Feature of our environment are often distributed heterogeneously, with particular values occurring more often (e.g., cardinal directions or certain colors). We can learn these environmental distributions in ways that help us to predict what features to expect in the future. Correspondingly, we show biases in favor of these common stimuli. We hypothesized that these biases are learned by the brain via experience, with changes to synaptic connectivity as we are exposed to stimuli over time, that reflect our beliefs about the probability we will observe a particular environmental feature. We built neural network models and simplified particle models to create theories of how the brain could implement learning and show human biases. We then compared learning and static models to human behavior and found that humans were better matched to learning models, suggesting that their biases could be the result of experience.
My long-term career goal is to apply a multimodal approach of theory, behavior, and advanced data analytical techniques on collaboratively collected human electrophysiology to understanding the neural and cognitive underpinnings that guide decision-making and related processes. My long term research goals are: 1) identifying cognitive strategies associated with flexible decision-making, 2) defining neural mechanisms that underlie latent environmental feature representation and integration with decision-making strategies, and 3) the impacts of pathological disruptions on these cognitive processes.
Eissa TL. Mathematical Models of Decision-Making. Oxford Encyclopedia of Research (in review).
Cihak H, Eissa TL, Kilpatrick ZP. Distinct excitatory and inhibitory bump wandering in a stochastic neural field. SIAM Dyn. Syst. (2022).
Gill BJA, Wu X, Khan FA, Sosunov AA, Liou JY, Dovas A, Eissa TL, Banu MA, Bateman LM, McKhann GM II, Canoll PD, Schevon CA. Ex vivo Multi-Electrode Analysis Reveals Spatiotemporal Dynamics of Ictal Behavior at the Infiltrated Margin of Glioma. Neurobio. Dis. (2020).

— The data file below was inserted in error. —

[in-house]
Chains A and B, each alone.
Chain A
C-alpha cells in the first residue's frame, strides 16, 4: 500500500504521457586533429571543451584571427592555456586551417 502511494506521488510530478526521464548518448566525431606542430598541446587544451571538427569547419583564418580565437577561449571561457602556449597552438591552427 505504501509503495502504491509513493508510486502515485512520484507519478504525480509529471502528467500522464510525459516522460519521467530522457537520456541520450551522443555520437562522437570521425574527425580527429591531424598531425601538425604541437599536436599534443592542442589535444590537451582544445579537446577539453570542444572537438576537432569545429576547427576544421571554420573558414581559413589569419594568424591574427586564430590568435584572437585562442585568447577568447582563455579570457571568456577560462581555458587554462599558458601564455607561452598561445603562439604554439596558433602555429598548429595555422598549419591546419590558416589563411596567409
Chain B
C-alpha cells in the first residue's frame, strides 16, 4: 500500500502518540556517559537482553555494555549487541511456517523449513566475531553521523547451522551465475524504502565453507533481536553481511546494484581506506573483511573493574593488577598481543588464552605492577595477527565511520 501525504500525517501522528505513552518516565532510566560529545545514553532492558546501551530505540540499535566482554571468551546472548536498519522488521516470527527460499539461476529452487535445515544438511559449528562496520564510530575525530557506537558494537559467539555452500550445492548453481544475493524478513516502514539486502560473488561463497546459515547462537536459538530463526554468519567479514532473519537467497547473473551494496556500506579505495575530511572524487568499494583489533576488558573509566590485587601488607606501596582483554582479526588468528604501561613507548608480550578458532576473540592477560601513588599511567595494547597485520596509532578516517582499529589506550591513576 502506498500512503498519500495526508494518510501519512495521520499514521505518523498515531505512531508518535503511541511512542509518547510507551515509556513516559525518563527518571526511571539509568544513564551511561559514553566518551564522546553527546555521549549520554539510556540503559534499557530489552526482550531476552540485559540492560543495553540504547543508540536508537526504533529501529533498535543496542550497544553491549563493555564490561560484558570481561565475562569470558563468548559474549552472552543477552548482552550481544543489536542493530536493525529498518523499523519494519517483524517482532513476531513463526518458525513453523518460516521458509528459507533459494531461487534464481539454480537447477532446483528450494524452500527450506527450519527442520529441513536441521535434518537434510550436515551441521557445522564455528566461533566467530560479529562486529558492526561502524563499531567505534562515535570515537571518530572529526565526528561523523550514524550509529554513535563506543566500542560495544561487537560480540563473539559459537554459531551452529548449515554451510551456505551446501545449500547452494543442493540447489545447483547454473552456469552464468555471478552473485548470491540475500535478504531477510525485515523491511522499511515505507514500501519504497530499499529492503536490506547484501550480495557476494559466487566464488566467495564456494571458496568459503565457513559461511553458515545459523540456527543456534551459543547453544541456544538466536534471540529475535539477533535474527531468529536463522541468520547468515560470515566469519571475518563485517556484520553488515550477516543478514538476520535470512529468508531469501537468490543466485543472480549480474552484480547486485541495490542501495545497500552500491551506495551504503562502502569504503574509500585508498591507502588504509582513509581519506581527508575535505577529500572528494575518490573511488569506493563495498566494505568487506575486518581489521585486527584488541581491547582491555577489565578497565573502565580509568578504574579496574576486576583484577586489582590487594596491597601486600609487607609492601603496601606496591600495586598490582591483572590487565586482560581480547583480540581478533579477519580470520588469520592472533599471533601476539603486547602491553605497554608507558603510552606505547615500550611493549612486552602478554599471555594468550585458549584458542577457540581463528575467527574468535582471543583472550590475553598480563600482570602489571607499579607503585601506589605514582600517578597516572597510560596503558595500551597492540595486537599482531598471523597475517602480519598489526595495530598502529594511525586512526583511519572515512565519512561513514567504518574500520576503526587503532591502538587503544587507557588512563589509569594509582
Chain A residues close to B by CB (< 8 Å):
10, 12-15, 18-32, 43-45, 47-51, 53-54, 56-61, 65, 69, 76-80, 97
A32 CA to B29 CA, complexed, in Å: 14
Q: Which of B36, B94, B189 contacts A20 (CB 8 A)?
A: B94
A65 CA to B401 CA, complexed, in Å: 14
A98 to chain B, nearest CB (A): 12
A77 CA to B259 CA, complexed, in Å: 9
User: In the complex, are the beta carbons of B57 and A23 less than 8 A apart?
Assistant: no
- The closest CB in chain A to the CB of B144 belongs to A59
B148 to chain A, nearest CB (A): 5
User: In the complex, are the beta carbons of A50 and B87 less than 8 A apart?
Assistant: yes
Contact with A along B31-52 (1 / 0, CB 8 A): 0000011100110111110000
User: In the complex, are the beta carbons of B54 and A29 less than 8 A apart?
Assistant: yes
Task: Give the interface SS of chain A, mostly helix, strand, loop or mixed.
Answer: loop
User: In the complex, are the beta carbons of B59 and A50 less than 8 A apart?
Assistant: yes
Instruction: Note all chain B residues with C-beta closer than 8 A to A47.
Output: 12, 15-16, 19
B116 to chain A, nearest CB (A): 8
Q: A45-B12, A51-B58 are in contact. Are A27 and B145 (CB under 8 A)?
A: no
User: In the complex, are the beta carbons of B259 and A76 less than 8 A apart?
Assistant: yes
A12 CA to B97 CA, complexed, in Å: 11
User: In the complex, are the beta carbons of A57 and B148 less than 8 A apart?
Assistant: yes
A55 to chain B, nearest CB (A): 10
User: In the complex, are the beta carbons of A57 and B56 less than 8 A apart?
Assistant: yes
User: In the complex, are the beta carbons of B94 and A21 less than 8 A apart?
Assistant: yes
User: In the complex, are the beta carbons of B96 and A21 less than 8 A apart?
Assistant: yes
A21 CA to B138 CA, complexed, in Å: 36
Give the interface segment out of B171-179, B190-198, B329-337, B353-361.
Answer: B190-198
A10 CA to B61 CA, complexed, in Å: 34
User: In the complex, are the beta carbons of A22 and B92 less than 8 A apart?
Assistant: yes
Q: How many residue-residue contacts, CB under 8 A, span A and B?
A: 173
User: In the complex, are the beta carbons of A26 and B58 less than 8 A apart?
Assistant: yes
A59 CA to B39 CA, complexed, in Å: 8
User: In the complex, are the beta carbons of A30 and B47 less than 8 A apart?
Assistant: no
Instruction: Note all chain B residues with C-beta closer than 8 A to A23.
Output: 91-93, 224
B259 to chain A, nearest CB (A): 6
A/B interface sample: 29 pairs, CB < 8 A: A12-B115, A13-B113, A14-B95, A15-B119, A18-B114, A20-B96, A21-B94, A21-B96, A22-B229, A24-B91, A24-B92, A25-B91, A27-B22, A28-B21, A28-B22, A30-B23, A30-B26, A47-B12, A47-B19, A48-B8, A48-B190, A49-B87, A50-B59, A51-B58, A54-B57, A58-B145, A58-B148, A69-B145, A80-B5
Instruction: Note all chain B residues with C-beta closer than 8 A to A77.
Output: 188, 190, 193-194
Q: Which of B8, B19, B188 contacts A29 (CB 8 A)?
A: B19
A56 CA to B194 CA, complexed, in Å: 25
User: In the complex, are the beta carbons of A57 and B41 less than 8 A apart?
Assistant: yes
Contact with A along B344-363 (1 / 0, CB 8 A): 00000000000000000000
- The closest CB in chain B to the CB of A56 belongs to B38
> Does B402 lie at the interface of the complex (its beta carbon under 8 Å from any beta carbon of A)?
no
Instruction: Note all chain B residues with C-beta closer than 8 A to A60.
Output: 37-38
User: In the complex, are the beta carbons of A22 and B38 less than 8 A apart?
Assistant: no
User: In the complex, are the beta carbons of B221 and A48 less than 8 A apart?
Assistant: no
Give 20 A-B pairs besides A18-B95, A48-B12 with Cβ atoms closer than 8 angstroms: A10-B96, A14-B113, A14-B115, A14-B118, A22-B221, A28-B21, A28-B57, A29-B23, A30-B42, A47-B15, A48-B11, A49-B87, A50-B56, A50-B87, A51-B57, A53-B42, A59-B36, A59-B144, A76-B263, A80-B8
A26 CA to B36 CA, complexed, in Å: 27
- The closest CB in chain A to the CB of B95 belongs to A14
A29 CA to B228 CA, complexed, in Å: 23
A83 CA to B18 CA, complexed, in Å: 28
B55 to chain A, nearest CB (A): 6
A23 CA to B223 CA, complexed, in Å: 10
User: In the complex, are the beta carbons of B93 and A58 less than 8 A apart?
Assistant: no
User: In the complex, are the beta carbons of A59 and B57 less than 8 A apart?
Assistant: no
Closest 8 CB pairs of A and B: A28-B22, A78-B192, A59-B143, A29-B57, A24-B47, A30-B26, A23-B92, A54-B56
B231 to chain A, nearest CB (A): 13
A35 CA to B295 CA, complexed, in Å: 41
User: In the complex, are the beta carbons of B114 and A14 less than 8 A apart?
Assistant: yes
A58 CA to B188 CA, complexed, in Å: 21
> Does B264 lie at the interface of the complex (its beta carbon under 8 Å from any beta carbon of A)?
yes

Kilpatrick ZP, Holmes WR, Eissa TL, Josić K. Optimal Models of Decision Making in Dynamic Environments. Curr. Op. Neurobio. (2019).
Schevon CA, Tobochnik S, Eissa TL, Merricks EM, Gill BJA, Parrish RR, Bateman LM, McKhann Jr GM, Emerson RG, Trevelyan AJ. Multiscale Recordings Reveal the Dynamic Spatial Structure of Human Seizures. Neurobio. Dis. (2019).
Tryba AK, Merricks EM, Lee S, Pham T, Cho SJ, Nordli DR, Eissa TL, Schevon CA, van Drongelen W. The role of paroxysmal depolarization in focal seizure activity. J. Neurophys. (2019).
Eissa TL and Schevon CA. The Role of Computational Modeling in Seizure Localization. Brain (2017).
Canavan SV, Eissa TL, Schevon CA, McKhann GM Jr, Goodman RR, Emerson RG, van Drongelen W. Epileptogenic networks: applying network analysis techniques to human seizure activity. In: Validating Neuro-Computational Models of Neurological and Psychiatric Disorders (Basabdatta B, Fahmida C, ed): Springer. (2015)
Piochon C, Kloth AD, Grasselli G, Titley H, Nakayama H, Hashimoto N, Wan V, Simmons D, Eissa TL, Miyazaki T, Watanabe M, Takumi T, Kano M, Wang SH, Hansel C. Deficits in Cerebellar Plasticity and Motor Learning in a Copy Number Variation Mouse Model of Autism Spectrum Disorder. Nature Comm. (2014).
ElBasiouny SM, Quinlan KA, Eissa TL, Heckman CJ . Electrophysiological abnormalities in SOD1 transgenic models in Amyotrophic Lateral Sclerosis: the commons and differences. In: Amyotrophic Lateral Sclerosis (Maurer MH, ed): InTech (2011)